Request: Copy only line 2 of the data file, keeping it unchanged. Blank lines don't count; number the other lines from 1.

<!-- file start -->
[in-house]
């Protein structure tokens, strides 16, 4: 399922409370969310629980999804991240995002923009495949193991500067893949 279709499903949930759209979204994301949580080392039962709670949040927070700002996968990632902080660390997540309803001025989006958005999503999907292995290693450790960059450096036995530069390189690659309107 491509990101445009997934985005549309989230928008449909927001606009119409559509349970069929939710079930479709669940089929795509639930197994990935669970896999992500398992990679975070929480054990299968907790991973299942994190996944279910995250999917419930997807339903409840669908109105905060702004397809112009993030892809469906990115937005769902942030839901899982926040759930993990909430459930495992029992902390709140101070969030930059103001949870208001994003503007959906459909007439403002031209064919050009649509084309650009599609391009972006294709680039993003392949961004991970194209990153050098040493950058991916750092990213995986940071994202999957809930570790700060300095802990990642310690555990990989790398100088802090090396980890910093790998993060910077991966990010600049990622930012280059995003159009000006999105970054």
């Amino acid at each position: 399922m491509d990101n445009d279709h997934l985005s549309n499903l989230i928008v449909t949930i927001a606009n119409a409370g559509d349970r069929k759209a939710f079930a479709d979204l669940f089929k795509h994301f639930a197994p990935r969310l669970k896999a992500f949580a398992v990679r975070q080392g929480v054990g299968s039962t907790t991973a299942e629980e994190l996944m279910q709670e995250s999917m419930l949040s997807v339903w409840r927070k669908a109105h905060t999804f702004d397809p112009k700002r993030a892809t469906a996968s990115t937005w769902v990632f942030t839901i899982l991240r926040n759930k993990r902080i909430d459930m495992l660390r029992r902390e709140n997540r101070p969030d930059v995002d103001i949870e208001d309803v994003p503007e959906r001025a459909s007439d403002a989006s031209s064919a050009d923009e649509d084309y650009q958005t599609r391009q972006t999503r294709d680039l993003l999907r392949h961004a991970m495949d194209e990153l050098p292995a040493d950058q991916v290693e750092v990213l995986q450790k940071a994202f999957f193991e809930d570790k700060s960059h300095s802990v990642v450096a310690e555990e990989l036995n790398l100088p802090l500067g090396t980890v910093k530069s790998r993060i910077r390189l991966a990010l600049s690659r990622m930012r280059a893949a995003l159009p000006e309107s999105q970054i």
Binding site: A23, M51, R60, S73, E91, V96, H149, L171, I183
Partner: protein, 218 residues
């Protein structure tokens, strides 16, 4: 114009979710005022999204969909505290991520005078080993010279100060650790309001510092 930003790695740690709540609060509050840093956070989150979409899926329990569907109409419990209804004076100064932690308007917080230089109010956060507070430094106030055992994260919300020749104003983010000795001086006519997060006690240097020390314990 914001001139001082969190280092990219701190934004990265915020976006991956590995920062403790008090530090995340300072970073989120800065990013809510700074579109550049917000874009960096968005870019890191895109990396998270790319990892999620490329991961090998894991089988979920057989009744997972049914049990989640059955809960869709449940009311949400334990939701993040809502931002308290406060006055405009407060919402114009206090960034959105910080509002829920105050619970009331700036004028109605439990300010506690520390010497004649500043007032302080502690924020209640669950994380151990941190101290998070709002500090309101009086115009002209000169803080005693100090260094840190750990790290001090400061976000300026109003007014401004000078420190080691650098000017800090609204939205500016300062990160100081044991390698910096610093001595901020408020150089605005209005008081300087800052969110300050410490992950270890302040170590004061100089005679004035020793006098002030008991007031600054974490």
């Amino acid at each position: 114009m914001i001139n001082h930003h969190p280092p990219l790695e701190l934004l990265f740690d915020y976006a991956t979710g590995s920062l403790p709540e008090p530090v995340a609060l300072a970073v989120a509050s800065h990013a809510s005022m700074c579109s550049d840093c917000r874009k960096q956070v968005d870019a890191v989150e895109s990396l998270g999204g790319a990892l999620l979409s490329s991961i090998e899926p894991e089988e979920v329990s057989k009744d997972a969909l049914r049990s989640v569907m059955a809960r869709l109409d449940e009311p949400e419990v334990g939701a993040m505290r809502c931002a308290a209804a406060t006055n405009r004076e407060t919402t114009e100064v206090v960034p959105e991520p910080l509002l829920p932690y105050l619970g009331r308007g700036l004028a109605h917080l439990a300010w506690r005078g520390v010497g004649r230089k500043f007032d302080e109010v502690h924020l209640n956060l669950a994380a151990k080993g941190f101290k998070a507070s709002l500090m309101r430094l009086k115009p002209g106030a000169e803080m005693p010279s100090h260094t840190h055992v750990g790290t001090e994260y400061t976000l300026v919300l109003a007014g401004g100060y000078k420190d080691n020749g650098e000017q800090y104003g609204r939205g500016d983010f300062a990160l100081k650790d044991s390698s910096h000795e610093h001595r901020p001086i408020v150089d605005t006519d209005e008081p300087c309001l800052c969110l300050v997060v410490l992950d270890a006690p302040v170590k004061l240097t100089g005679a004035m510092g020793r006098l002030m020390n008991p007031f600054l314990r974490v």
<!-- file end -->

């Protein structure tokens, strides 16, 4: 399922409370969310629980999804991240995002923009495949193991500067893949 279709499903949930759209979204994301949580080392039962709670949040927070700002996968990632902080660390997540309803001025989006958005999503999907292995290693450790960059450096036995530069390189690659309107 491509990101445009997934985005549309989230928008449909927001606009119409559509349970069929939710079930479709669940089929795509639930197994990935669970896999992500398992990679975070929480054990299968907790991973299942994190996944279910995250999917419930997807339903409840669908109105905060702004397809112009993030892809469906990115937005769902942030839901899982926040759930993990909430459930495992029992902390709140101070969030930059103001949870208001994003503007959906459909007439403002031209064919050009649509084309650009599609391009972006294709680039993003392949961004991970194209990153050098040493950058991916750092990213995986940071994202999957809930570790700060300095802990990642310690555990990989790398100088802090090396980890910093790998993060910077991966990010600049990622930012280059995003159009000006999105970054």